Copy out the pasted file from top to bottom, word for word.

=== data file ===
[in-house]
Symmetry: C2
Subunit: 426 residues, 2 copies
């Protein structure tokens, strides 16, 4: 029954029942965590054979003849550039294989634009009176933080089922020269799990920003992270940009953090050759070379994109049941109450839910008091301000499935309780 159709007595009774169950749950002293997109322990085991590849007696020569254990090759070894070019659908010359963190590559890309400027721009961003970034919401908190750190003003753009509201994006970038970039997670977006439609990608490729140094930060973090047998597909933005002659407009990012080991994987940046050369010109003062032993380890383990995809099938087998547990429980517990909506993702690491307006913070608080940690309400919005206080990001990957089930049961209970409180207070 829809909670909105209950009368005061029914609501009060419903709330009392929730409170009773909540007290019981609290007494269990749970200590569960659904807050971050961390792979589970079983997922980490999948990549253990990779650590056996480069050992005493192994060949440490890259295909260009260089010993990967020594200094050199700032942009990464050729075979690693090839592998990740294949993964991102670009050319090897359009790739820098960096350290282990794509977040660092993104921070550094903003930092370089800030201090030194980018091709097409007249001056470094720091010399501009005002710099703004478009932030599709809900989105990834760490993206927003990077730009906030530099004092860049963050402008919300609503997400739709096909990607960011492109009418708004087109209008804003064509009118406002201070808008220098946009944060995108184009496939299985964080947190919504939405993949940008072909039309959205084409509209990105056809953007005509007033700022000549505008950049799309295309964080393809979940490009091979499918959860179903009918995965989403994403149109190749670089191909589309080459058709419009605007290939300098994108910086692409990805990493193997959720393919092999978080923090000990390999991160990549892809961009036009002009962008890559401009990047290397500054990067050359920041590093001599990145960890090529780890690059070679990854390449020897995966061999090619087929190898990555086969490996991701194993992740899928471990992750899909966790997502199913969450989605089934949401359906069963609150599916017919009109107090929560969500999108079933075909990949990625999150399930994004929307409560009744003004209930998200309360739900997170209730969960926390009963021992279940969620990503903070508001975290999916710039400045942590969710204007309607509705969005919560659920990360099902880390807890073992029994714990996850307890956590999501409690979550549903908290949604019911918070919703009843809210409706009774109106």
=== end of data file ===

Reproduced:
[in-house]
Symmetry: C2
Subunit: 426 residues, 2 copies
């Protein structure tokens, strides 16, 4: 029954029942965590054979003849550039294989634009009176933080089922020269799990920003992270940009953090050759070379994109049941109450839910008091301000499935309780 159709007595009774169950749950002293997109322990085991590849007696020569254990090759070894070019659908010359963190590559890309400027721009961003970034919401908190750190003003753009509201994006970038970039997670977006439609990608490729140094930060973090047998597909933005002659407009990012080991994987940046050369010109003062032993380890383990995809099938087998547990429980517990909506993702690491307006913070608080940690309400919005206080990001990957089930049961209970409180207070 829809909670909105209950009368005061029914609501009060419903709330009392929730409170009773909540007290019981609290007494269990749970200590569960659904807050971050961390792979589970079983997922980490999948990549253990990779650590056996480069050992005493192994060949440490890259295909260009260089010993990967020594200094050199700032942009990464050729075979690693090839592998990740294949993964991102670009050319090897359009790739820098960096350290282990794509977040660092993104921070550094903003930092370089800030201090030194980018091709097409007249001056470094720091010399501009005002710099703004478009932030599709809900989105990834760490993206927003990077730009906030530099004092860049963050402008919300609503997400739709096909990607960011492109009418708004087109209008804003064509009118406002201070808008220098946009944060995108184009496939299985964080947190919504939405993949940008072909039309959205084409509209990105056809953007005509007033700022000549505008950049799309295309964080393809979940490009091979499918959860179903009918995965989403994403149109190749670089191909589309080459058709419009605007290939300098994108910086692409990805990493193997959720393919092999978080923090000990390999991160990549892809961009036009002009962008890559401009990047290397500054990067050359920041590093001599990145960890090529780890690059070679990854390449020897995966061999090619087929190898990555086969490996991701194993992740899928471990992750899909966790997502199913969450989605089934949401359906069963609150599916017919009109107090929560969500999108079933075909990949990625999150399930994004929307409560009744003004209930998200309360739900997170209730969960926390009963021992279940969620990503903070508001975290999916710039400045942590969710204007309607509705969005919560659920990360099902880390807890073992029994714990996850307890956590999501409690979550549903908290949604019911918070919703009843809210409706009774109106």